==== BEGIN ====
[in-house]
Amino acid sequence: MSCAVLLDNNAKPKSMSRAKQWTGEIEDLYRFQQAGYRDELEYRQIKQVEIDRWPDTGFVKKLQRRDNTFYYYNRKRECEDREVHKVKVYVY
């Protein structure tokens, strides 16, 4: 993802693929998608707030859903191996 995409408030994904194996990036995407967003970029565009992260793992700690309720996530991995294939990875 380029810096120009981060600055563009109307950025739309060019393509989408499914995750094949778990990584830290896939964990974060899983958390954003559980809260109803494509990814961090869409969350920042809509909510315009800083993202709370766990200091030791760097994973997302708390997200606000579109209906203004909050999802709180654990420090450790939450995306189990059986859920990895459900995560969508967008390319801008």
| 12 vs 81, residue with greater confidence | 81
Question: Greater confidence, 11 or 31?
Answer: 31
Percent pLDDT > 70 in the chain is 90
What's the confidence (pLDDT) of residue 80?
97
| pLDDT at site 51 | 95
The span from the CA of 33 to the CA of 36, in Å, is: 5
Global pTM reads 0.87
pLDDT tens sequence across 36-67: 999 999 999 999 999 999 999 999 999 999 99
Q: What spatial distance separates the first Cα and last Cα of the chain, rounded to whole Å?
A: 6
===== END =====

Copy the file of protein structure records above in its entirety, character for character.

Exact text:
[in-house]
Amino acid sequence: MSCAVLLDNNAKPKSMSRAKQWTGEIEDLYRFQQAGYRDELEYRQIKQVEIDRWPDTGFVKKLQRRDNTFYYYNRKRECEDREVHKVKVYVY
């Protein structure tokens, strides 16, 4: 993802693929998608707030859903191996 995409408030994904194996990036995407967003970029565009992260793992700690309720996530991995294939990875 380029810096120009981060600055563009109307950025739309060019393509989408499914995750094949778990990584830290896939964990974060899983958390954003559980809260109803494509990814961090869409969350920042809509909510315009800083993202709370766990200091030791760097994973997302708390997200606000579109209906203004909050999802709180654990420090450790939450995306189990059986859920990895459900995560969508967008390319801008």
| 12 vs 81, residue with greater confidence | 81
Question: Greater confidence, 11 or 31?
Answer: 31
Percent pLDDT > 70 in the chain is 90
What's the confidence (pLDDT) of residue 80?
97
| pLDDT at site 51 | 95
The span from the CA of 33 to the CA of 36, in Å, is: 5
Global pTM reads 0.87
pLDDT tens sequence across 36-67: 999 999 999 999 999 999 999 999 999 999 99
Q: What spatial distance separates the first Cα and last Cα of the chain, rounded to whole Å?
A: 6